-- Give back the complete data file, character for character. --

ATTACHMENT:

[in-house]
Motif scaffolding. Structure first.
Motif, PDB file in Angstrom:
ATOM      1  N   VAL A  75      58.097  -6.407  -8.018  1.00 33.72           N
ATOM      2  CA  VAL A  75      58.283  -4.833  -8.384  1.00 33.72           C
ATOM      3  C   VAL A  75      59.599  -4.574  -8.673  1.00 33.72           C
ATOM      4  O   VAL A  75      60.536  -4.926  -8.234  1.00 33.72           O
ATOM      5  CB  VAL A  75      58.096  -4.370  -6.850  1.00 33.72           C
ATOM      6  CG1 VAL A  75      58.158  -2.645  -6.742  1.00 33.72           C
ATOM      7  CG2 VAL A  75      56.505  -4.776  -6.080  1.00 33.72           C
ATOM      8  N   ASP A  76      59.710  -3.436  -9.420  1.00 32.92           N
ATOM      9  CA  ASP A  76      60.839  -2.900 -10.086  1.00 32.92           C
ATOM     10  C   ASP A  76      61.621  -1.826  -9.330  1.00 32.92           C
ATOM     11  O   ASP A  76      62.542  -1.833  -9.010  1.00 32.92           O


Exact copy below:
[in-house]
Motif scaffolding. Structure first.
Motif, PDB file in Angstrom:
ATOM      1  N   VAL A  75      58.097  -6.407  -8.018  1.00 33.72           N
ATOM      2  CA  VAL A  75      58.283  -4.833  -8.384  1.00 33.72           C
ATOM      3  C   VAL A  75      59.599  -4.574  -8.673  1.00 33.72           C
ATOM      4  O   VAL A  75      60.536  -4.926  -8.234  1.00 33.72           O
ATOM      5  CB  VAL A  75      58.096  -4.370  -6.850  1.00 33.72           C
ATOM      6  CG1 VAL A  75      58.158  -2.645  -6.742  1.00 33.72           C
ATOM      7  CG2 VAL A  75      56.505  -4.776  -6.080  1.00 33.72           C
ATOM      8  N   ASP A  76      59.710  -3.436  -9.420  1.00 32.92           N
ATOM      9  CA  ASP A  76      60.839  -2.900 -10.086  1.00 32.92           C
ATOM     10  C   ASP A  76      61.621  -1.826  -9.330  1.00 32.92           C
ATOM     11  O   ASP A  76      62.542  -1.833  -9.010  1.00 32.92           O